WSDTlogo450Transportation Commission’s virtual meeting set for March 16 and 17 

OLYMPIA – The relationship between green energy and transportation will be explored at the Washington State Transportation Commission’s March meeting. As the adoption of electric vehicles grows, centralizing EV charging within multimodal transportation hubs will be a dramatic, technology-driven transformation for transportation – and one that few state and local governments are prepared for. 

The meeting starts at 9 a.m. both Tuesday, March 16, and Wednesday, March 17.  Due to limitations on the size of gatherings in response to COVID-19, this meeting will be conducted virtually using Zoom Webinar. People interested in attending can register on the commission’s website. The meeting will be broadcast live on TVW at

Tuesday morning’s work session will explore the nexus between aviation, surface and marine transportation electrification, and the power to leverage public and private assets and financial resources. It will also explore electrification efforts throughout the Northwest and how to bring innovative technologies to communities of color.

During the work session, there will be two panels. The first panel will address SeaTac Airport as it evolves to becoming a multimodal hub for clean fuels, and statewide electric/autonomous flight. The second panel will address smart cities, smart fleets, and green community mobility.  The work session will wrap up with a presentation from the Western Governors Association on efforts underway to electrify western highways.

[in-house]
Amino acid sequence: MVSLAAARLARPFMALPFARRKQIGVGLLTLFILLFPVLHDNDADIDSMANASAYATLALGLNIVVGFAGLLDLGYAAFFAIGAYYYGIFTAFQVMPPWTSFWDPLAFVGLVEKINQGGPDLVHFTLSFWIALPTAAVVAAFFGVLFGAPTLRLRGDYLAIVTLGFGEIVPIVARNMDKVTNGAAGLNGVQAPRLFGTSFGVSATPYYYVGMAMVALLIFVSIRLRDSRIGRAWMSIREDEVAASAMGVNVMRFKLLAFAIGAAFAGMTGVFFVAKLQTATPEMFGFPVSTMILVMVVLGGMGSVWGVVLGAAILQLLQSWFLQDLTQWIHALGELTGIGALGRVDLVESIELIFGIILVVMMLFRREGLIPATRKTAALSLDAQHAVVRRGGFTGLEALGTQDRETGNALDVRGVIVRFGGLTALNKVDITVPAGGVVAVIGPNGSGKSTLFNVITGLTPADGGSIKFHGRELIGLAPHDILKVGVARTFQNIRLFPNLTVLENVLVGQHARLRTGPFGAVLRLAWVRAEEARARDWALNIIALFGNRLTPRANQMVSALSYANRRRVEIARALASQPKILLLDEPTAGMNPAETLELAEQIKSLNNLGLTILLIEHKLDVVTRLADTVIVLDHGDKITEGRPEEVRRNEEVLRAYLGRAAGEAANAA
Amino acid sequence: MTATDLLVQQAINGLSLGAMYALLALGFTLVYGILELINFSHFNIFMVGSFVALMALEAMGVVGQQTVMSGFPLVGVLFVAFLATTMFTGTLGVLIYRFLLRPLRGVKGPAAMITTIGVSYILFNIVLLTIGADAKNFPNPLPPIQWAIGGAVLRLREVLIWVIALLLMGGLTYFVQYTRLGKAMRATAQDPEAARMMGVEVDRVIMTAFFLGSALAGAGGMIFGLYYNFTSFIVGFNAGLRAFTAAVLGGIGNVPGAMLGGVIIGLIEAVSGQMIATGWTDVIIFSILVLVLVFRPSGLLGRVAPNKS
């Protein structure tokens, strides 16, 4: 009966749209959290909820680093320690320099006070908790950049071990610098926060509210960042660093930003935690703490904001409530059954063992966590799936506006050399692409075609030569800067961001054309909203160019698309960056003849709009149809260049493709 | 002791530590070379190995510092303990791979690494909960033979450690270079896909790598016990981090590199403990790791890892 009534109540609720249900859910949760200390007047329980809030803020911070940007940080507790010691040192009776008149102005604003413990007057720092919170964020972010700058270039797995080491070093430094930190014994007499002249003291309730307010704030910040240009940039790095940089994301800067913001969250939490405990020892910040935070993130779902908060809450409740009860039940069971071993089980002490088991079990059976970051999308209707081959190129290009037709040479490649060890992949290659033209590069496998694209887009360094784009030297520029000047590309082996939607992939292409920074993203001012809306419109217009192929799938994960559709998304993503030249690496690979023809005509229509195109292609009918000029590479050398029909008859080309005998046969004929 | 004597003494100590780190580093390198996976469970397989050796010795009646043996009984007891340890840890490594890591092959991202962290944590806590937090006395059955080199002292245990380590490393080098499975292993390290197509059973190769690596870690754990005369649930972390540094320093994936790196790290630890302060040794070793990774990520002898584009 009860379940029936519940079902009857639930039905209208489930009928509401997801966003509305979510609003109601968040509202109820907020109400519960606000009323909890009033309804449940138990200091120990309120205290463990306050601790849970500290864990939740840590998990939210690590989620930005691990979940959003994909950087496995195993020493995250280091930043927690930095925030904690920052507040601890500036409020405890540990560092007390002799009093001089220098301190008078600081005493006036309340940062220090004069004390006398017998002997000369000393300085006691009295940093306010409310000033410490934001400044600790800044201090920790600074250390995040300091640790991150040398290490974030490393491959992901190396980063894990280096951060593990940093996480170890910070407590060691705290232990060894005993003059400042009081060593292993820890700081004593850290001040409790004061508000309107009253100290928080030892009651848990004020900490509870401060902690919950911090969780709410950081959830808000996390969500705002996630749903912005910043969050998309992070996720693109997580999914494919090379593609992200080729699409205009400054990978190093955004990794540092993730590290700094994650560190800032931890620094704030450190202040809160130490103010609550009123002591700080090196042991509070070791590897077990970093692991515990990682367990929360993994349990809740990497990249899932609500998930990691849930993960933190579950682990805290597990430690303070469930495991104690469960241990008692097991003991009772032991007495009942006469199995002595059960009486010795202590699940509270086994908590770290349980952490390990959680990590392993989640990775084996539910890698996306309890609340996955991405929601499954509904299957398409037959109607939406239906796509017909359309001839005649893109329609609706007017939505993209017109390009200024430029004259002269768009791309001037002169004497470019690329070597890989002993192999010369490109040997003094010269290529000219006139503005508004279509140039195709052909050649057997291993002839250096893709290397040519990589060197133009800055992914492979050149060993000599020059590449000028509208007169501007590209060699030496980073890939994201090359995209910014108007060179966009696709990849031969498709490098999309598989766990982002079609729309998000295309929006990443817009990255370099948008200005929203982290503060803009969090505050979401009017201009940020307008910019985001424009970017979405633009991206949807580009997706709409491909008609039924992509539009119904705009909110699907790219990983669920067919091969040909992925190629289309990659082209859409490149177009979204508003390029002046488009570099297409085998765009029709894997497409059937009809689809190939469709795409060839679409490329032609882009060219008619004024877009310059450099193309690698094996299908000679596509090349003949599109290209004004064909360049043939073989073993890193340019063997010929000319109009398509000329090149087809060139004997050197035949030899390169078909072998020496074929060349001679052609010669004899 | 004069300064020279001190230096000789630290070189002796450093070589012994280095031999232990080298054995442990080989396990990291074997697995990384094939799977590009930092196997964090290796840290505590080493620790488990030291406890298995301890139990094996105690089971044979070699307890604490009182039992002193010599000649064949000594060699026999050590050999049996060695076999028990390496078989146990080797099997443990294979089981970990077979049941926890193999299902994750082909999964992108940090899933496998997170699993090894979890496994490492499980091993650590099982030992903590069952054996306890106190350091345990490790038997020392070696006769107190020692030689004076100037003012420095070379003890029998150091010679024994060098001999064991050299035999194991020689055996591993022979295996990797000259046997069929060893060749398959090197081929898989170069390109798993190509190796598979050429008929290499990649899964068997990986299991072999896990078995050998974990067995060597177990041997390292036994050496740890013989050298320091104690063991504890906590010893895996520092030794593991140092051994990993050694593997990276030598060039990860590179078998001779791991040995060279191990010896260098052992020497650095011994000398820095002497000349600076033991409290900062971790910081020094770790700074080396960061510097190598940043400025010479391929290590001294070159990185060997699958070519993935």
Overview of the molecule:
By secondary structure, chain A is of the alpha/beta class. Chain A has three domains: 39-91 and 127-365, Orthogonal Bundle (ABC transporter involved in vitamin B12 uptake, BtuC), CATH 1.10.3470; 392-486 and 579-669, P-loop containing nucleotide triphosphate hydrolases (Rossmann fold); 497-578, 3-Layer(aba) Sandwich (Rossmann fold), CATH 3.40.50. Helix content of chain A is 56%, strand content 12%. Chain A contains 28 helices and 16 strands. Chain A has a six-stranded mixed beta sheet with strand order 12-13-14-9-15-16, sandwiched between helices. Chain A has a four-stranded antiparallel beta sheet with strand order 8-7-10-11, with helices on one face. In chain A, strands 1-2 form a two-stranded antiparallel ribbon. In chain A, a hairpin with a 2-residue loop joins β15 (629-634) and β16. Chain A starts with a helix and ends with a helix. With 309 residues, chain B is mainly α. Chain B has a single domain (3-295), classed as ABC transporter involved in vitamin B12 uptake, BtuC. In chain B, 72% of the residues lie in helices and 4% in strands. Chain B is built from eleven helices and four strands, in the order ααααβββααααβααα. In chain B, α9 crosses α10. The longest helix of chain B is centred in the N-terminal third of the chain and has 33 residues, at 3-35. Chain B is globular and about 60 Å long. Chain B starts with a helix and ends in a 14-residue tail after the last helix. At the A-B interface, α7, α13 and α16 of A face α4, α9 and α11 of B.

Tuesday afternoon, the commission will be briefed on a number of reports recently issued by the Washington State Department of Transportation. Report topics will cover: electric aircraft deployment; commercial aviation long-term needs and recommendations; and Washington State Ferries’ performance reporting, and efforts to manage fuel costs.

Additionally, WSDOT Tolling staff will provide an overview of the traffic and revenue performance of Washington state toll facilities for October through December 2020 and will provide initial performance data for January through March 2021. The impacts of the COVID-19 pandemic on toll facilities will also be discussed.

On Wednesday, the commission will learn about the Puget Sound Regional Council’s Equity Strategy, which aims to make equity central to all that it does as a regional planning organization. Also, on Wednesday, WSDOT staff will brief the commission on results of a study which looked at the feasibility of performance-based evaluations of transportation projects based upon policy goals established in current law.

The meeting will close with a discussion on the proposed schedule for making changes to current toll rates on various tolled facilities, by the end of this summer, including public outreach plans.

Questions or comments from the public can be submitted during the meeting by using the “Q&A” box found on-screen during the virtual meeting, and as time allows, will be addressed during the meeting. Written public comment can also be submitted via email until 4 p.m. the day before the meeting. Comments should be sent to This email address is being protected from spambots. You need JavaScript enabled to view it.. Written comments received after this deadline will be provided to commissioners after the meeting.